She had him. Dick was always saying that he needed to "stand up" to her. He said it jokingly, of course, but Bruce knew the undercurrent. Dick hated that Bruce let Mara do any number of things that he'd never let Dick do as a child. Bruce had always assumed it was something petty like that. Dick had the biggest heart of anyone Bruce had ever known, the most open to anyone he encountered, but there were certain things that pushed certain buttons, and then he'd be as human as the next man.

Even after all this time, to death and back, Dick was still keeping him honest. He'd fallen right into that one with Mara, and she'd manipulated him as she'd done all of her life. It wasn't malicious, of course. She just knew she could walk him right into things, sometimes.

The sticker that he'd never managed to fully scrape off the steering wheel in the Car.

The infamous pony incident.

The down town apartment. Hadn't been meaning to give that up, and with one phone call, she had managed to get his permission to not only redecorate, but turn it into her own private little love nest with Jordan Rayner.

Jordan. The real reason why he was here. Things had recently… complicated themselves again.

Letting her talk him into things he didn't want to do (or let her do) was a life-long habit at this point. But he'd let himself give in just this one last time for a good cause. He needed to keep her occupied for the next day or so. His interference in her life at this exact moment was not entirely coincidence.

Standing at the still-draped window, he looked through the crack, watching the tractor trailers barrel past on the highway a few hundred yards off. Behind him, the shower ran. The effort to get the stench of chemicals and fire off of her skin was probably fruitless if her clothes still reeked of it. Oh well. It was a time-killer. He was never much of a talker, but lately he liked it even less.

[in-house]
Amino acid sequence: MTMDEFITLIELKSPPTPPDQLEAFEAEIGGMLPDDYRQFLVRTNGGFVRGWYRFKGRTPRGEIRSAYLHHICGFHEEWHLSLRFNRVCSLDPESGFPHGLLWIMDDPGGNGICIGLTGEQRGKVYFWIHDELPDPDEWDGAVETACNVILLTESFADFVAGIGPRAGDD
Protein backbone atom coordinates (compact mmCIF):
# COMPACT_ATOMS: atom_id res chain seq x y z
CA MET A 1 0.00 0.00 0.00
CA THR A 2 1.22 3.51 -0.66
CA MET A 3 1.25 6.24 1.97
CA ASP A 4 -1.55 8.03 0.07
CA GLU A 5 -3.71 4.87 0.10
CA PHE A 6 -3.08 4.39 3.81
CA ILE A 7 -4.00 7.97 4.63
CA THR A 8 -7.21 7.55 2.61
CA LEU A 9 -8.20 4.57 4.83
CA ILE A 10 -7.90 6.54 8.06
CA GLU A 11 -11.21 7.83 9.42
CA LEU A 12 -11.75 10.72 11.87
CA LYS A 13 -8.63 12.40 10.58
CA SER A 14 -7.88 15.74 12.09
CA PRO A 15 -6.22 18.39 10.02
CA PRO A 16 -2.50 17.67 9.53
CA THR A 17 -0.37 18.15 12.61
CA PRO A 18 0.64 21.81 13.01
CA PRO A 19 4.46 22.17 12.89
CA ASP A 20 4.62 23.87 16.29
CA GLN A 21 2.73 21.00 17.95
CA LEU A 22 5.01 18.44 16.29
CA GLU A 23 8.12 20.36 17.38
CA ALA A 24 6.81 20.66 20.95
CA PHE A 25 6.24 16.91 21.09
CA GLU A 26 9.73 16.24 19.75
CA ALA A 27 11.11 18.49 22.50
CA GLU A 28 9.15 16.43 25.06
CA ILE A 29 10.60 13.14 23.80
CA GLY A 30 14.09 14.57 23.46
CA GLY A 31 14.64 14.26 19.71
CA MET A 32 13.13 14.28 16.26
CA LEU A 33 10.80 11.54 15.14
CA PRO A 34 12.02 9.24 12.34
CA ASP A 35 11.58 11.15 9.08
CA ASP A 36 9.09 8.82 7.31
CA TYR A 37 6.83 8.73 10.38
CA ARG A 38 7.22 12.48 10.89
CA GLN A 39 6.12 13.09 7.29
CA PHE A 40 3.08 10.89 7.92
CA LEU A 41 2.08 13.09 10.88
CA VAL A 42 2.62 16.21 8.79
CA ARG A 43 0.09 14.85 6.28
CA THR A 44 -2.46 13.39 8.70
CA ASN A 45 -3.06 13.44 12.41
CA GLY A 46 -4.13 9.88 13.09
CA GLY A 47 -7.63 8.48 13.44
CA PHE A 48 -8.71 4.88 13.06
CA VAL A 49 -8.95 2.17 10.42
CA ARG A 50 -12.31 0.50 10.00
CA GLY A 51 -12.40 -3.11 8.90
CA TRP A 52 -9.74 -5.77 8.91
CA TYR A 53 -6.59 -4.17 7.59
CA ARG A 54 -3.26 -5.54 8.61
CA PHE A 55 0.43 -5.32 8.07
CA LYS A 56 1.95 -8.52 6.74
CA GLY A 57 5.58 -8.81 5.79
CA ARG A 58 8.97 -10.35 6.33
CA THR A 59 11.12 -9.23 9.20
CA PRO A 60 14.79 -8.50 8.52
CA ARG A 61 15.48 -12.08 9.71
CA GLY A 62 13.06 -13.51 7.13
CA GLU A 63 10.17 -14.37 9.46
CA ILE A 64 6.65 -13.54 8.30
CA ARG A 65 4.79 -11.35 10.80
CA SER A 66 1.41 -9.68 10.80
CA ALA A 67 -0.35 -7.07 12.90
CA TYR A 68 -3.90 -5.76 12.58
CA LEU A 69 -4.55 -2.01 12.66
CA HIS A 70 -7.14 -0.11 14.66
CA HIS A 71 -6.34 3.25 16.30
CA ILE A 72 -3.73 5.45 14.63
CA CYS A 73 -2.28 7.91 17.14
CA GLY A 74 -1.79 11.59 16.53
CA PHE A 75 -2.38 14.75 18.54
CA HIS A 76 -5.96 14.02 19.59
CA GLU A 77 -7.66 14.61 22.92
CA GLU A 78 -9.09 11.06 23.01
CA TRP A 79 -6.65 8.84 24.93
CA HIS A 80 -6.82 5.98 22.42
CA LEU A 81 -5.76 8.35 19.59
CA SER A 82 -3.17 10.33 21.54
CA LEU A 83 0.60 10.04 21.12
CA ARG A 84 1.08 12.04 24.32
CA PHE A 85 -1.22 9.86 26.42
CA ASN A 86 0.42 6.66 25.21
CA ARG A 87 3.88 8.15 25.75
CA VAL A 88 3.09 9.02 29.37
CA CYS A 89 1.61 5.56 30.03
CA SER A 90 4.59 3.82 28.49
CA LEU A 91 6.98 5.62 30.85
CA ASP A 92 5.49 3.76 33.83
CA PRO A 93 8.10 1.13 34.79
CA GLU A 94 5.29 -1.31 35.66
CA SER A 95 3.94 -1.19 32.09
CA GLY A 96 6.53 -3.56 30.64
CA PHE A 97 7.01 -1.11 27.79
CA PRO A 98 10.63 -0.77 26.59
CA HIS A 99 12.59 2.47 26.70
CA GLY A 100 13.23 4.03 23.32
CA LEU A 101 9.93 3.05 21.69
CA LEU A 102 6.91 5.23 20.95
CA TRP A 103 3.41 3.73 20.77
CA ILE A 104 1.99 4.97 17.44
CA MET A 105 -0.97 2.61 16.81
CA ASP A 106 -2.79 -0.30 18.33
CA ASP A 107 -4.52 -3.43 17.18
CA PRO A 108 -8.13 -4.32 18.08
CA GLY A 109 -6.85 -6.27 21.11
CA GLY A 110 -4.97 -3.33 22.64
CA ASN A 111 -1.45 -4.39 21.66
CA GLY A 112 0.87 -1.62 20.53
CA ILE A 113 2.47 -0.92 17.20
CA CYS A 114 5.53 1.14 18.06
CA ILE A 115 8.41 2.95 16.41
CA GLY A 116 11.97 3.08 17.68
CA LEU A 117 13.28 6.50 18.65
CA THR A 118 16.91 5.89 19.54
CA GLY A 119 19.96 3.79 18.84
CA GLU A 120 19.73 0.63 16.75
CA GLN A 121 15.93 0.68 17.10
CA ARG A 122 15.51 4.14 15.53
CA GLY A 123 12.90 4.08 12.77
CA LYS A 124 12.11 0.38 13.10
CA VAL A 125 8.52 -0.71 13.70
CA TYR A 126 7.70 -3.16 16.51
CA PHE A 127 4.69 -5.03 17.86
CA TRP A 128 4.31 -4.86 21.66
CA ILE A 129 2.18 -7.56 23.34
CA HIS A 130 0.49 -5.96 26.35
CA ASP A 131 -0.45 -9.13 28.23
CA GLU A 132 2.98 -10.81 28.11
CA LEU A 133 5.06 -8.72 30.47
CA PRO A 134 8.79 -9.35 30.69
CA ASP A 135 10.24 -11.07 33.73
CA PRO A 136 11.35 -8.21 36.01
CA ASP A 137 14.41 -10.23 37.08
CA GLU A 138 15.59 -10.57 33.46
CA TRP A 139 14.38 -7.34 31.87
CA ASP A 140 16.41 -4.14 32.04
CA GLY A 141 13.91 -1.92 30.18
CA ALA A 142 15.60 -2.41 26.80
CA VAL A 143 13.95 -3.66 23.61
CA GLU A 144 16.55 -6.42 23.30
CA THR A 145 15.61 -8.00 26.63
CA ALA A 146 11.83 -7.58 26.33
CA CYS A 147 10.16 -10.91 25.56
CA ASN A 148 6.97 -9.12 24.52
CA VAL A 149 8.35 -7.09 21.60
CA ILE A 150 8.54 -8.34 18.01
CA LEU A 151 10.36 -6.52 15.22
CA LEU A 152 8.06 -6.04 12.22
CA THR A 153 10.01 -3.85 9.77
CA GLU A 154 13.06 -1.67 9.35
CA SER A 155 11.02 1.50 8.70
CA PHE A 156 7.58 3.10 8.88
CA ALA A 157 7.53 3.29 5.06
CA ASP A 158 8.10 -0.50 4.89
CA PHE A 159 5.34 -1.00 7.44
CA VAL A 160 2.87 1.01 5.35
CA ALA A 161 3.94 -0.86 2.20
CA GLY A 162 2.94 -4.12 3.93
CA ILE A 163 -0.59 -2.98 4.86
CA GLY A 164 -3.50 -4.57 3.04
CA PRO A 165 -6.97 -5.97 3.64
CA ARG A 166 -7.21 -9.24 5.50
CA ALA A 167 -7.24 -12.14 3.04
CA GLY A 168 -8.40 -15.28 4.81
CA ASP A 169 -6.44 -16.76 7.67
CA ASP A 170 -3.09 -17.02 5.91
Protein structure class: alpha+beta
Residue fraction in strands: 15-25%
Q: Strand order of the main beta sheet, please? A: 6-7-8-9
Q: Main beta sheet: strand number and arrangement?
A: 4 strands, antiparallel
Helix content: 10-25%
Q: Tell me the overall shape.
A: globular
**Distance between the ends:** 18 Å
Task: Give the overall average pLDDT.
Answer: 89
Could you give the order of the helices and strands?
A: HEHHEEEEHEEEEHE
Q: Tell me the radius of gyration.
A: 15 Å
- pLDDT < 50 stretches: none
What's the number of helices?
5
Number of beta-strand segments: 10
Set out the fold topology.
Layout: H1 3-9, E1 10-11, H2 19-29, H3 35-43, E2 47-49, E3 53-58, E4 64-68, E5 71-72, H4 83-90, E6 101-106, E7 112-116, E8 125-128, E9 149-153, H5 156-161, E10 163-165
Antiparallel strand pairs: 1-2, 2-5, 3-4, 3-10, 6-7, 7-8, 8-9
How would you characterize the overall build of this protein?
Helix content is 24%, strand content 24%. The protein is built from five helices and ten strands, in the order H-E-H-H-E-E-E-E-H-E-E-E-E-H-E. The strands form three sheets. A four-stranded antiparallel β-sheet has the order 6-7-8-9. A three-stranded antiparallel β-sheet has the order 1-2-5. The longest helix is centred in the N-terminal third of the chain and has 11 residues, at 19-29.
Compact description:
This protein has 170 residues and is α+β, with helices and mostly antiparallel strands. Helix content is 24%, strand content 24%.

And with her? Best avoided.

He'd helped her before—anonymously of course, like three months ago, when she'd been running in circles on a smuggling operation that involved the entire old eastern block. It was a situation he was aware of; even though it was no longer his problem, Gotham was still his interest, and so was anything ending up spuriously in the hands of men who should not have them. He knew she was on it, but when she stalled, he had to confess that he'd left a "complementary" local paper on the doorstep of her room. It wasn't the celebrity gossip paper in the lobby of the hotel; it was the English-language edition of the more serious business times, the cover plastered with a picture of a runway welcome ceremony and a story detailing the arrival of a handful of ambassadors from other block nations, and the impending "event" to be held that night.

She'd obviously put the pieces together as to who was playing with whom, because she'd gotten herself invited. There was a certain amount of anger and hostility towards the world in general still in her, he concluded, when he viewed the property damage a week later. Of course, none of the "involved" parties would ever likely face real justice, but the size and number of the explosions was just excessive.

Today had been his first actual physical save, but it wasn't a coincidence. There had been no intercepted call from Matrix. He'd been aware of her location the entire night and hadn't attempted to interfere until the second Kobra ship had arrived, and by then the entire affair was already too far out of his control to do much more than play clean-up.

That said, his presence had been fortuitous, regardless of the reason. Who knew what would have happened?

Perhaps best not thought of. Things had fallen into place far too conveniently as of late. There was someone, somewhere pulling strings. If he could control the situation before she was involved, physically or emotionally, it would be all the better.

And if it meant a truly awkward and uncomfortable afternoon spent in the presence of someone who, by all rights, shouldn't exist, he'd manage it.


Sipping the coffee, Bruce glanced around at the executive suite. She moved often enough to keep her mother from getting any ideas, but she was hardly living as… rough and tumble as he was. It was fine, of course. But… well, a coffee maker was an appreciated thing in his nomad existence. "It's good. I'm glad you've outgrown that fruity crap."